Thursday, October 25, 2007

Turning back the clock on education reform

Lois Meyer (see earlier post) refers to Navarrette's recent column. I tracked it down so others could read this, too.
Navarrette hasn't spent time in schools and it shows. -Angela

Turning back the clock on education reform

September 30, 2007

This could be the end of the line for No Child Left Behind. And some educators couldn't be happier.

The 5-year-old education reform law – one of the most important of its kind in the last half-century – is controversial, though it should not have been. After all, what it proposes is fairly tame. It requires that all students perform at grade level in reading and math by 2014 and relies on regular tests to gauge how well students – and by implication, teachers and administrators – are doing toward reaching that goal. It also separates data by racial and ethnic subgroups to get a sense of which groups of students are in the greatest distress. Lastly, it helps students with limited English by preventing schools from testing them in their native language in perpetuity.

That's NCLB in a nutshell. The law is up for reauthorization this year, and it has the misfortune of having to get through a Congress that is now controlled by Democrats, who get their assignments from teachers unions that ply them with campaign cash.

Those unions would like to see NCLB ground into itty-bitty pieces. They're so desperate to maintain control over the educational process and help their members duck accountability that they're willing to put their own interests before those of children. That isn't new. Public schools have, for generations, crafted an environment that caters to the needs and wants of the adults who work in the schools rather than those of the children who attend them.

How many days should there be in the school year? How long should the school day be? What tests should we give, and when should we give them? And what should be the consequences when students don't do well?

Does anyone really believe that when the grown-ups sit down in school board meetings or state legislatures to make these decisions and others about how schools operate that what's top of mind is the interests of children who don't vote, or give money, or twist arms, or pay union dues? If so, they need to grow up.

Interestingly, the law is also encountering token resistance from some Republicans who represent suburban school districts for whom the main issue is local control. These districts want Uncle Sam to butt out of the educational system and leave schools, teachers and administrators to run things as they see fit.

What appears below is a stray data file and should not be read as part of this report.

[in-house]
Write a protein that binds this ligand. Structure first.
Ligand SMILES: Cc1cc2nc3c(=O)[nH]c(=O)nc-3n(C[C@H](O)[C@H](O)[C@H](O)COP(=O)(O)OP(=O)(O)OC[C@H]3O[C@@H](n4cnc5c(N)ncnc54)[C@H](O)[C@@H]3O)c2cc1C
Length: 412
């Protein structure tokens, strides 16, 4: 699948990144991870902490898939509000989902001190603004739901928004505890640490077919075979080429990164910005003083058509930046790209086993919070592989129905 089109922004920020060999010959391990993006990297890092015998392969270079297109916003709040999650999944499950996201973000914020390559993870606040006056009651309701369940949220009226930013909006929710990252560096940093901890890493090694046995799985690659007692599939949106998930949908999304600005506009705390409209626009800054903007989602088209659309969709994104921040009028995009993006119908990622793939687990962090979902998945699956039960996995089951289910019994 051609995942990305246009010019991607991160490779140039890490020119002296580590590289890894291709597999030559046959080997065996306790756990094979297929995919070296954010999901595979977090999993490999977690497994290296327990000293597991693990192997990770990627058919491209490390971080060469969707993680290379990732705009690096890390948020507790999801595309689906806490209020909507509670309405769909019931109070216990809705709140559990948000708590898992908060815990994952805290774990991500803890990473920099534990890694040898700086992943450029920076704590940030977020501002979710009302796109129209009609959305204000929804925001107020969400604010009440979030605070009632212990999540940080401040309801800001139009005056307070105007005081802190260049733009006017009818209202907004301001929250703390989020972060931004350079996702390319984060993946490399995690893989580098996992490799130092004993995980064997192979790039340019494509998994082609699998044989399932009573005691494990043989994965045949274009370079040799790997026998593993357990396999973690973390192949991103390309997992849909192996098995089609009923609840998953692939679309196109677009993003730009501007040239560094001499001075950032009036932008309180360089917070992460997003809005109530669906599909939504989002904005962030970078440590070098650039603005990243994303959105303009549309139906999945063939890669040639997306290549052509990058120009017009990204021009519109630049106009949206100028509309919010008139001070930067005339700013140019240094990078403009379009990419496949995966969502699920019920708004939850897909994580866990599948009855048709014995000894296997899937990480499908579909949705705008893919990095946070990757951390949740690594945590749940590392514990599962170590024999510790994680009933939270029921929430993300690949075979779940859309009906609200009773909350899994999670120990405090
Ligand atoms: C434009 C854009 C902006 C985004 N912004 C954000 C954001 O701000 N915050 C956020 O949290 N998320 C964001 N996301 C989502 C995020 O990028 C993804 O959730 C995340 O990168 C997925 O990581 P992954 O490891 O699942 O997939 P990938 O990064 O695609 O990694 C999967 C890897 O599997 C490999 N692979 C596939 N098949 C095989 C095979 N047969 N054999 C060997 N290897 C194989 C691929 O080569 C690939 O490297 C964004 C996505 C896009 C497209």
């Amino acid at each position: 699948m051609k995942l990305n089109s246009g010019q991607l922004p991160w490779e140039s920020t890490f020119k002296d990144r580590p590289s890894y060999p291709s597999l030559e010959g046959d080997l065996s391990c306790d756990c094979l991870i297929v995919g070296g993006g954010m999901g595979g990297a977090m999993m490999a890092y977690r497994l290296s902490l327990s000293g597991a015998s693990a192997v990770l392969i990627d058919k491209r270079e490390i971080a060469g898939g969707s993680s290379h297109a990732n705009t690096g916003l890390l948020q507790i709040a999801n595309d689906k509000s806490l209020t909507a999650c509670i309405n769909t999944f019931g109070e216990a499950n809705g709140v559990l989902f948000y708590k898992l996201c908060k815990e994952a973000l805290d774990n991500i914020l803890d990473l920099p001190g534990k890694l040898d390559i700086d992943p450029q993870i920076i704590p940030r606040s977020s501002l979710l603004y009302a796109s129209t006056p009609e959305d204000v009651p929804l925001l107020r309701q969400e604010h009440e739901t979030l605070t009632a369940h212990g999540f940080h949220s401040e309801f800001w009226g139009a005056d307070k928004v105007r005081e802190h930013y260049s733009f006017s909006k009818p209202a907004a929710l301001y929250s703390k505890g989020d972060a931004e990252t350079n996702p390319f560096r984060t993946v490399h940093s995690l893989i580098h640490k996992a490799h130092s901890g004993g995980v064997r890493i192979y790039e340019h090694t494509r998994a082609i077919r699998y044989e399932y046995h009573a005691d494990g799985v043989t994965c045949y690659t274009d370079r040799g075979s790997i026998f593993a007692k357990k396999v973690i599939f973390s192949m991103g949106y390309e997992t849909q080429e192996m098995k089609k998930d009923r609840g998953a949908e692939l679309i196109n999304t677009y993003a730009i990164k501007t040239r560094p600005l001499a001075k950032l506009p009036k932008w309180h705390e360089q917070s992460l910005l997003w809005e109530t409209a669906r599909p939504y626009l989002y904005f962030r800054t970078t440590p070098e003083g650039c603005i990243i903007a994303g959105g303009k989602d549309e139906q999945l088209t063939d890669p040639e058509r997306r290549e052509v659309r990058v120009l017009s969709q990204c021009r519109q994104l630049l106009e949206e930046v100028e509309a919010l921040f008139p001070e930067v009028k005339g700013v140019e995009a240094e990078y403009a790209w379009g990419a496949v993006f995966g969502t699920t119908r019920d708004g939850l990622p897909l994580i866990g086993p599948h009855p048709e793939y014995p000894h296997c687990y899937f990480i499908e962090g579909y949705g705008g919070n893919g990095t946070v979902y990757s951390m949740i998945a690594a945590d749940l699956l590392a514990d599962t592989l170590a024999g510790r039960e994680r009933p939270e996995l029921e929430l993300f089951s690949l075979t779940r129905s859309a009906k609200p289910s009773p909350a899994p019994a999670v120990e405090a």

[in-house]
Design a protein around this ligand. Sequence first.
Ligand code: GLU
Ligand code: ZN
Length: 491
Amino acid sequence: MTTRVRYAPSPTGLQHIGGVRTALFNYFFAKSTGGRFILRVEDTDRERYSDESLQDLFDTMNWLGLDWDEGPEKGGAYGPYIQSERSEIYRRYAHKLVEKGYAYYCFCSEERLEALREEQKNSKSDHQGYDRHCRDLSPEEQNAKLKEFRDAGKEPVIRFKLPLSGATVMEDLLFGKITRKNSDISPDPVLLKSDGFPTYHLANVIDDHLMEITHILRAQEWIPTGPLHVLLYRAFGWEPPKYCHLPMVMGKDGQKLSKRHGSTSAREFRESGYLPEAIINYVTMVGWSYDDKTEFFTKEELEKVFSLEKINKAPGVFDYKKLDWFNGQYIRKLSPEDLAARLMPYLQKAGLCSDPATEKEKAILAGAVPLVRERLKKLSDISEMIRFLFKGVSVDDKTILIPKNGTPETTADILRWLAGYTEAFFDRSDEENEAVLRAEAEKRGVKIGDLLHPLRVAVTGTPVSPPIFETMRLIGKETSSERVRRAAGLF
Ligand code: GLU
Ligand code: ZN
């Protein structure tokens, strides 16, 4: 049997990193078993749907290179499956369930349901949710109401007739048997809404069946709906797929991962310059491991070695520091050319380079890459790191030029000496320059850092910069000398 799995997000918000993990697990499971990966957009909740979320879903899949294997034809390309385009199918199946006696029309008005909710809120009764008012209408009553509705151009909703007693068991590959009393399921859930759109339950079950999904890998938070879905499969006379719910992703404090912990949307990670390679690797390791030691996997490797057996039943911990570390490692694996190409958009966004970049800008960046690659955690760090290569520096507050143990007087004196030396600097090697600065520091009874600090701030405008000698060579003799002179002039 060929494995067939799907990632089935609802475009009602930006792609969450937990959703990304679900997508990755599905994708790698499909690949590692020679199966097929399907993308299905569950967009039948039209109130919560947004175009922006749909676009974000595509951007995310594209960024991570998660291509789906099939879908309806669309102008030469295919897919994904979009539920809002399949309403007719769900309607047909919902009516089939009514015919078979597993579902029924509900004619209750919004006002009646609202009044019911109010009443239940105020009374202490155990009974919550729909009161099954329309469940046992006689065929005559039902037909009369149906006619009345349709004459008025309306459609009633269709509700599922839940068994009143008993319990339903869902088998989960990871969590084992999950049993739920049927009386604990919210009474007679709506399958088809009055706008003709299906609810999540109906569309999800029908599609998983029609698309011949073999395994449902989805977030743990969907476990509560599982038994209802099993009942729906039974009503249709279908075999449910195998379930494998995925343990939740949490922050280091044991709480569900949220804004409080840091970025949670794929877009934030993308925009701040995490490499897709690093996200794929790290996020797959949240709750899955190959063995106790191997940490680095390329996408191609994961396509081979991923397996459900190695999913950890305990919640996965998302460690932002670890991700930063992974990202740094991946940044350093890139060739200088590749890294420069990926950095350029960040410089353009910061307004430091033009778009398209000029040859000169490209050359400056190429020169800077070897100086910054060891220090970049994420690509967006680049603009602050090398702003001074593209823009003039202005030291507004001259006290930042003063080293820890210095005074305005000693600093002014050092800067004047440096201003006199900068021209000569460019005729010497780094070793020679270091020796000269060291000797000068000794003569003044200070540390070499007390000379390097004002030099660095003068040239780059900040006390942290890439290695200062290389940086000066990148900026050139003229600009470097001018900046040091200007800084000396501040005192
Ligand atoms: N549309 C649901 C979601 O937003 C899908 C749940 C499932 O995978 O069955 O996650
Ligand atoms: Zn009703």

With critics on the right and the left, it's no wonder that NCLB is in trouble, at least in its current form. By current form, I mean with teeth, brains and a heartbeat.

Democrats don't have the guts to kill the law outright because they don't want to advertise to voters that they're the party that rolled back education reform. So they'll have to settle for watering down the law and making it easier for schools to hide how poorly they're doing by burying low-performing students under mounds of loopholes and a lack of transparency.

Luckily, NCLB has a ferocious defender in the form of U.S. Education Secretary Margaret Spellings. As someone who is obviously committed to the law and to preserving its intent, Spellings isn't afraid to square off against powerful opponents of NCLB such as Rep. George Miller, D-Martinez, chairman of the House Committee on Education and Labor.

When Miller joined last month with Rep. Buck McKeon, R-Santa Clarita, the committee's ranking Republican, to put together a “discussion draft” of changes they'd like to see made to NCLB, Spellings took a look at what they had in mind and then – on Sept. 5 – fired off a letter of her own laying out her concerns with what they had in mind. Among them: that the proposed changes would make it harder to disseminate information about how students were doing while making it easier for low-performing schools to avoid having to make improvements and offer options to students and parents. Letting schools off the hook in this way would, Spellings wrote, undermine a “bright-line principle of NCLB” and cripple the law.

Which, of course, would be fine with those who want to return to the old status quo. For the good of our children and the future they will visit upon us, let's hope that Spellings can stop them. If she can't, and No Child Left Behind is dismantled, we'll all pay the price – and for many years to come.

Navarrette can be reached via e-mail at

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